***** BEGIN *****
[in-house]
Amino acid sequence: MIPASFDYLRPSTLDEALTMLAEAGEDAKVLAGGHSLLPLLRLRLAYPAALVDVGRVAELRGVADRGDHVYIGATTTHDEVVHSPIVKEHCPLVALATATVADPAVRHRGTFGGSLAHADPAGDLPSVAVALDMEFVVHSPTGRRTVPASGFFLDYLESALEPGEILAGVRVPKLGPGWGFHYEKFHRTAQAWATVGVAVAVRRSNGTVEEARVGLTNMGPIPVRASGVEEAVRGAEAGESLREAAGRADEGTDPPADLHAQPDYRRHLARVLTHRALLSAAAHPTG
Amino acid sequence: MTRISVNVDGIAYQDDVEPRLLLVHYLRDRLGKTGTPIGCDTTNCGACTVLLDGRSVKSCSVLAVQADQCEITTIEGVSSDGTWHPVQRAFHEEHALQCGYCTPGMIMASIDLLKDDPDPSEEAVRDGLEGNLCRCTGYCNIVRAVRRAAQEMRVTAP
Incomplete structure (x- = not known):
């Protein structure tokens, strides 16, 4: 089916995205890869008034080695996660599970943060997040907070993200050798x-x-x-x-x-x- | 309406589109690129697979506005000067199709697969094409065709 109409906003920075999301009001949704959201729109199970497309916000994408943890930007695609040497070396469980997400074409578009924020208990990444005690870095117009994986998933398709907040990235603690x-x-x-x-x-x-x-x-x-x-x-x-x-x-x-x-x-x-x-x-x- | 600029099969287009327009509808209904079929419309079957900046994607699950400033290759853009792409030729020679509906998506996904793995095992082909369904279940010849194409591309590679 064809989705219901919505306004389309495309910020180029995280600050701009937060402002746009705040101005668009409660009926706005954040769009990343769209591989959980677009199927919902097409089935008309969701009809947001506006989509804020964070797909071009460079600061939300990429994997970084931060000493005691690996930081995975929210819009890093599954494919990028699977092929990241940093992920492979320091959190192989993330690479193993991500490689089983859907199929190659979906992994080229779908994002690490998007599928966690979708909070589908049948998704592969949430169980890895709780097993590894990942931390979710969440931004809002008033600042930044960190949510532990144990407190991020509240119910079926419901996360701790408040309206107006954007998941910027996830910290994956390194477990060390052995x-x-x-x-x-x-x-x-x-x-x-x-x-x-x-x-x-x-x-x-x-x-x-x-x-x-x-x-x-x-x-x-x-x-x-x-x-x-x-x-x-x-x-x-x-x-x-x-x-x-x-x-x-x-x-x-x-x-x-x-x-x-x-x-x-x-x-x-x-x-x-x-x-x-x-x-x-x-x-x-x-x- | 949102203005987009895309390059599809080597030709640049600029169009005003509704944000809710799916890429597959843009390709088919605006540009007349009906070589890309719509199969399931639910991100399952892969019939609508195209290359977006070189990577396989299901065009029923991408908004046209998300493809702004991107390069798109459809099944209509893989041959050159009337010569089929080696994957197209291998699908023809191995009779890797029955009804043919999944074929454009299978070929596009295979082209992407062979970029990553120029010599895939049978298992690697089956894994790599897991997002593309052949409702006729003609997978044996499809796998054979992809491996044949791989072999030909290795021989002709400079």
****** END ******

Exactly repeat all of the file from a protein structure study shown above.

[in-house]
Amino acid sequence: MIPASFDYLRPSTLDEALTMLAEAGEDAKVLAGGHSLLPLLRLRLAYPAALVDVGRVAELRGVADRGDHVYIGATTTHDEVVHSPIVKEHCPLVALATATVADPAVRHRGTFGGSLAHADPAGDLPSVAVALDMEFVVHSPTGRRTVPASGFFLDYLESALEPGEILAGVRVPKLGPGWGFHYEKFHRTAQAWATVGVAVAVRRSNGTVEEARVGLTNMGPIPVRASGVEEAVRGAEAGESLREAAGRADEGTDPPADLHAQPDYRRHLARVLTHRALLSAAAHPTG
Amino acid sequence: MTRISVNVDGIAYQDDVEPRLLLVHYLRDRLGKTGTPIGCDTTNCGACTVLLDGRSVKSCSVLAVQADQCEITTIEGVSSDGTWHPVQRAFHEEHALQCGYCTPGMIMASIDLLKDDPDPSEEAVRDGLEGNLCRCTGYCNIVRAVRRAAQEMRVTAP
Incomplete structure (x- = not known):
């Protein structure tokens, strides 16, 4: 089916995205890869008034080695996660599970943060997040907070993200050798x-x-x-x-x-x- | 309406589109690129697979506005000067199709697969094409065709 109409906003920075999301009001949704959201729109199970497309916000994408943890930007695609040497070396469980997400074409578009924020208990990444005690870095117009994986998933398709907040990235603690x-x-x-x-x-x-x-x-x-x-x-x-x-x-x-x-x-x-x-x-x- | 600029099969287009327009509808209904079929419309079957900046994607699950400033290759853009792409030729020679509906998506996904793995095992082909369904279940010849194409591309590679 064809989705219901919505306004389309495309910020180029995280600050701009937060402002746009705040101005668009409660009926706005954040769009990343769209591989959980677009199927919902097409089935008309969701009809947001506006989509804020964070797909071009460079600061939300990429994997970084931060000493005691690996930081995975929210819009890093599954494919990028699977092929990241940093992920492979320091959190192989993330690479193993991500490689089983859907199929190659979906992994080229779908994002690490998007599928966690979708909070589908049948998704592969949430169980890895709780097993590894990942931390979710969440931004809002008033600042930044960190949510532990144990407190991020509240119910079926419901996360701790408040309206107006954007998941910027996830910290994956390194477990060390052995x-x-x-x-x-x-x-x-x-x-x-x-x-x-x-x-x-x-x-x-x-x-x-x-x-x-x-x-x-x-x-x-x-x-x-x-x-x-x-x-x-x-x-x-x-x-x-x-x-x-x-x-x-x-x-x-x-x-x-x-x-x-x-x-x-x-x-x-x-x-x-x-x-x-x-x-x-x-x-x-x-x- | 949102203005987009895309390059599809080597030709640049600029169009005003509704944000809710799916890429597959843009390709088919605006540009007349009906070589890309719509199969399931639910991100399952892969019939609508195209290359977006070189990577396989299901065009029923991408908004046209998300493809702004991107390069798109459809099944209509893989041959050159009337010569089929080696994957197209291998699908023809191995009779890797029955009804043919999944074929454009299978070929596009295979082209992407062979970029990553120029010599895939049978298992690697089956894994790599897991997002593309052949409702006729003609997978044996499809796998054979992809491996044949791989072999030909290795021989002709400079």